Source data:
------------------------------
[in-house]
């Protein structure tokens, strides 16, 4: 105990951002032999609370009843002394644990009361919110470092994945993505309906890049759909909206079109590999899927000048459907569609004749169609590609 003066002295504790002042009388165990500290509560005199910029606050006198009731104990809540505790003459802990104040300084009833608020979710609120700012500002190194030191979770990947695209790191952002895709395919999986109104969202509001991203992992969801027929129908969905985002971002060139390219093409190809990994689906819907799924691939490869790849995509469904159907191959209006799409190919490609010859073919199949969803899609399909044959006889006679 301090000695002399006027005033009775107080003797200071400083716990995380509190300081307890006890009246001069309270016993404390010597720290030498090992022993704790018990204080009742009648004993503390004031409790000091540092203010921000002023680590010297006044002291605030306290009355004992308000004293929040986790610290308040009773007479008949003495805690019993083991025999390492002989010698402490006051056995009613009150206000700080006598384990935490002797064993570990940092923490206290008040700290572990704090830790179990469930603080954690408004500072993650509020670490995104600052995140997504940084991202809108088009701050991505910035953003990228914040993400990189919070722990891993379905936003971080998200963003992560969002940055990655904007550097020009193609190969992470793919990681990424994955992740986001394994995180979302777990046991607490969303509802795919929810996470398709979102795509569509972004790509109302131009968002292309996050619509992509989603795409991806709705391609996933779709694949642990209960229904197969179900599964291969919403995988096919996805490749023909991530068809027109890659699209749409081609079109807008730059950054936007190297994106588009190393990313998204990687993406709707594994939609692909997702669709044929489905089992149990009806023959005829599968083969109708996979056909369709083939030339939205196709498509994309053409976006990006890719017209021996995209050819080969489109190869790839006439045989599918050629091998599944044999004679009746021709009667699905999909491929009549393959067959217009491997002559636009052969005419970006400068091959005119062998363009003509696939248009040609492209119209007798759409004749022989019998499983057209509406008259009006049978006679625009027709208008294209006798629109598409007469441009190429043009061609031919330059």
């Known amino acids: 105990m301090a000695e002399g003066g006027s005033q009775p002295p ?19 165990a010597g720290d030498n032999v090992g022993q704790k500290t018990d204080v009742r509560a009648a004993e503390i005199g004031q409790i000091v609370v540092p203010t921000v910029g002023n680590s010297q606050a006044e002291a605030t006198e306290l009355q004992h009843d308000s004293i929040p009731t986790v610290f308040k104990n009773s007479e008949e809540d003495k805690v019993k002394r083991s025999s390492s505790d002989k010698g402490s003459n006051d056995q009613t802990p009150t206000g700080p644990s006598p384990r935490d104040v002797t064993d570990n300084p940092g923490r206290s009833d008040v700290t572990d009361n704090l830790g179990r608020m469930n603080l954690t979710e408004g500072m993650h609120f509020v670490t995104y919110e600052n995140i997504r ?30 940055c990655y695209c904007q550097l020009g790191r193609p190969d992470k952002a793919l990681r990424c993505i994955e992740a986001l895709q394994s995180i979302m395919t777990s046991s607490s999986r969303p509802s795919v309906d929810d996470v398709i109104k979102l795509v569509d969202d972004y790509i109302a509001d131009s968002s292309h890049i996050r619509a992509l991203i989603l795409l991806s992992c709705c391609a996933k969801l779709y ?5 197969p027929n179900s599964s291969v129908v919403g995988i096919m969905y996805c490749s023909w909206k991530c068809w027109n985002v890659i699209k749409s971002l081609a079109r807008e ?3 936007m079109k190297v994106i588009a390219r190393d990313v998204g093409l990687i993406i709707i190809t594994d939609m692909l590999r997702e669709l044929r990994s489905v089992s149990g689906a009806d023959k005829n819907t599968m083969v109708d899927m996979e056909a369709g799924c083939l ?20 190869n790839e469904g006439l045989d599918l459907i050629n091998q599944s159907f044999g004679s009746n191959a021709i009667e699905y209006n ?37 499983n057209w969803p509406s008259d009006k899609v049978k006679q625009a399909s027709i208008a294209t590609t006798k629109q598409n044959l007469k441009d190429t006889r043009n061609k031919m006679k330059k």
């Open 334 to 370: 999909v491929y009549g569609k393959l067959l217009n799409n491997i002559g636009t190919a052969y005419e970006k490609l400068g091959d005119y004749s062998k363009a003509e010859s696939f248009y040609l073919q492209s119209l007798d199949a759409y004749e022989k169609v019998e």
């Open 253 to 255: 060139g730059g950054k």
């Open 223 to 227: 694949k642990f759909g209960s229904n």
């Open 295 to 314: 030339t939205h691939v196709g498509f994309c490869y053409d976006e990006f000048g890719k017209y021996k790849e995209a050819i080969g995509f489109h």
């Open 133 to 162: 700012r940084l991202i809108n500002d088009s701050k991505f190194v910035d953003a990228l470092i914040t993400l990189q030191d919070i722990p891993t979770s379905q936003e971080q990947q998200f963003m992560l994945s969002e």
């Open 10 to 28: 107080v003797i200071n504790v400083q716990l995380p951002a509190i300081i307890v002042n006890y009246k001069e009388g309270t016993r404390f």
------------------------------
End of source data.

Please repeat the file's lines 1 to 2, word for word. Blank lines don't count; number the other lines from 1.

[in-house]
């Protein structure tokens, strides 16, 4: 105990951002032999609370009843002394644990009361919110470092994945993505309906890049759909909206079109590999899927000048459907569609004749169609590609 003066002295504790002042009388165990500290509560005199910029606050006198009731104990809540505790003459802990104040300084009833608020979710609120700012500002190194030191979770990947695209790191952002895709395919999986109104969202509001991203992992969801027929129908969905985002971002060139390219093409190809990994689906819907799924691939490869790849995509469904159907191959209006799409190919490609010859073919199949969803899609399909044959006889006679 301090000695002399006027005033009775107080003797200071400083716990995380509190300081307890006890009246001069309270016993404390010597720290030498090992022993704790018990204080009742009648004993503390004031409790000091540092203010921000002023680590010297006044002291605030306290009355004992308000004293929040986790610290308040009773007479008949003495805690019993083991025999390492002989010698402490006051056995009613009150206000700080006598384990935490002797064993570990940092923490206290008040700290572990704090830790179990469930603080954690408004500072993650509020670490995104600052995140997504940084991202809108088009701050991505910035953003990228914040993400990189919070722990891993379905936003971080998200963003992560969002940055990655904007550097020009193609190969992470793919990681990424994955992740986001394994995180979302777990046991607490969303509802795919929810996470398709979102795509569509972004790509109302131009968002292309996050619509992509989603795409991806709705391609996933779709694949642990209960229904197969179900599964291969919403995988096919996805490749023909991530068809027109890659699209749409081609079109807008730059950054936007190297994106588009190393990313998204990687993406709707594994939609692909997702669709044929489905089992149990009806023959005829599968083969109708996979056909369709083939030339939205196709498509994309053409976006990006890719017209021996995209050819080969489109190869790839006439045989599918050629091998599944044999004679009746021709009667699905999909491929009549393959067959217009491997002559636009052969005419970006400068091959005119062998363009003509696939248009040609492209119209007798759409004749022989019998499983057209509406008259009006049978006679625009027709208008294209006798629109598409007469441009190429043009061609031919330059």